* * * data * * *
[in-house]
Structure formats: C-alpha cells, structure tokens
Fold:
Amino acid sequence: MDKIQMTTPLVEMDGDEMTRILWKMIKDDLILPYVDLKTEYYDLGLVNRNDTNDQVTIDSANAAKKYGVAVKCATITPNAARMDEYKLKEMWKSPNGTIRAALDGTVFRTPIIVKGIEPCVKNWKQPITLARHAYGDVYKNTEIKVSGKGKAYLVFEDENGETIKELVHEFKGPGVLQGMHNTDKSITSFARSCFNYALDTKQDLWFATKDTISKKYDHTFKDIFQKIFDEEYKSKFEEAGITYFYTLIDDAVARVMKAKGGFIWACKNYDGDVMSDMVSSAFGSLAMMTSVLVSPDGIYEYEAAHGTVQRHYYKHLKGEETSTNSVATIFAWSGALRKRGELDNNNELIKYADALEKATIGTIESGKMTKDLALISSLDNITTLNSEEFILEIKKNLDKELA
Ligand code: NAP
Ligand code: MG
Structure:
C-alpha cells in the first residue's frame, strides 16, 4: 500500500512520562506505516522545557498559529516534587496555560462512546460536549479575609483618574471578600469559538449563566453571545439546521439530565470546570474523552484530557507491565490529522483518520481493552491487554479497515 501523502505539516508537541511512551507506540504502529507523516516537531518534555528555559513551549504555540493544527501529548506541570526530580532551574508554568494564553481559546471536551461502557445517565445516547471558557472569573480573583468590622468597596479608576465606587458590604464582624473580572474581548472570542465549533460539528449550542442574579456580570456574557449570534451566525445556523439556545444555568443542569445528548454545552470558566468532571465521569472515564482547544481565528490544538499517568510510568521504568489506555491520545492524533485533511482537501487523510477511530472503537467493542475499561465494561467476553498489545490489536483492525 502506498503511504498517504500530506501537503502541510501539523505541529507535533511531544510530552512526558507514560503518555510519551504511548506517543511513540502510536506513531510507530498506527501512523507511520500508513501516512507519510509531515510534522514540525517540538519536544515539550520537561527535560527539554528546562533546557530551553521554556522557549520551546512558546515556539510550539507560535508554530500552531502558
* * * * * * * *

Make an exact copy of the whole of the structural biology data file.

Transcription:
[in-house]
Structure formats: C-alpha cells, structure tokens
Fold:
Amino acid sequence: MDKIQMTTPLVEMDGDEMTRILWKMIKDDLILPYVDLKTEYYDLGLVNRNDTNDQVTIDSANAAKKYGVAVKCATITPNAARMDEYKLKEMWKSPNGTIRAALDGTVFRTPIIVKGIEPCVKNWKQPITLARHAYGDVYKNTEIKVSGKGKAYLVFEDENGETIKELVHEFKGPGVLQGMHNTDKSITSFARSCFNYALDTKQDLWFATKDTISKKYDHTFKDIFQKIFDEEYKSKFEEAGITYFYTLIDDAVARVMKAKGGFIWACKNYDGDVMSDMVSSAFGSLAMMTSVLVSPDGIYEYEAAHGTVQRHYYKHLKGEETSTNSVATIFAWSGALRKRGELDNNNELIKYADALEKATIGTIESGKMTKDLALISSLDNITTLNSEEFILEIKKNLDKELA
Ligand code: NAP
Ligand code: MG
Structure:
C-alpha cells in the first residue's frame, strides 16, 4: 500500500512520562506505516522545557498559529516534587496555560462512546460536549479575609483618574471578600469559538449563566453571545439546521439530565470546570474523552484530557507491565490529522483518520481493552491487554479497515 501523502505539516508537541511512551507506540504502529507523516516537531518534555528555559513551549504555540493544527501529548506541570526530580532551574508554568494564553481559546471536551461502557445517565445516547471558557472569573480573583468590622468597596479608576465606587458590604464582624473580572474581548472570542465549533460539528449550542442574579456580570456574557449570534451566525445556523439556545444555568443542569445528548454545552470558566468532571465521569472515564482547544481565528490544538499517568510510568521504568489506555491520545492524533485533511482537501487523510477511530472503537467493542475499561465494561467476553498489545490489536483492525 502506498503511504498517504500530506501537503502541510501539523505541529507535533511531544510530552512526558507514560503518555510519551504511548506517543511513540502510536506513531510507530498506527501512523507511520500508513501516512507519510509531515510534522514540525517540538519536544515539550520537561527535560527539554528546562533546557530551553521554556522557549520551546512558546515556539510550539507560535508554530500552531502558